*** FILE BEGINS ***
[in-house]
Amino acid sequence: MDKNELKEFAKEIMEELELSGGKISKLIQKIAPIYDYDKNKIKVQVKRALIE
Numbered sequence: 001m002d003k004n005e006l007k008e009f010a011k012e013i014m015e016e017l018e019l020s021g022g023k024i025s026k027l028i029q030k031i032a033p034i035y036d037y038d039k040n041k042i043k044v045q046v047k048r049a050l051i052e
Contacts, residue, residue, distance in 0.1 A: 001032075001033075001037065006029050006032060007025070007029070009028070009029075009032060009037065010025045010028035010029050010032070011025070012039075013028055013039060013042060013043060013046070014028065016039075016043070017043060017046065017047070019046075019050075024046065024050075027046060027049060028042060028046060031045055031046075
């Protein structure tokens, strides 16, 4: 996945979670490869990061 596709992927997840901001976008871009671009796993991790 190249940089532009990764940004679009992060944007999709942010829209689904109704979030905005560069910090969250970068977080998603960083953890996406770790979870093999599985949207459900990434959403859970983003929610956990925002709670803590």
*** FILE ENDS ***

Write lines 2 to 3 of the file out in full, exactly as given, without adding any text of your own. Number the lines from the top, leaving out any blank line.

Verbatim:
Amino acid sequence: MDKNELKEFAKEIMEELELSGGKISKLIQKIAPIYDYDKNKIKVQVKRALIE
Numbered sequence: 001m002d003k004n005e006l007k008e009f010a011k012e013i014m015e016e017l018e019l020s021g022g023k024i025s026k027l028i029q030k031i032a033p034i035y036d037y038d039k040n041k042i043k044v045q046v047k048r049a050l051i052e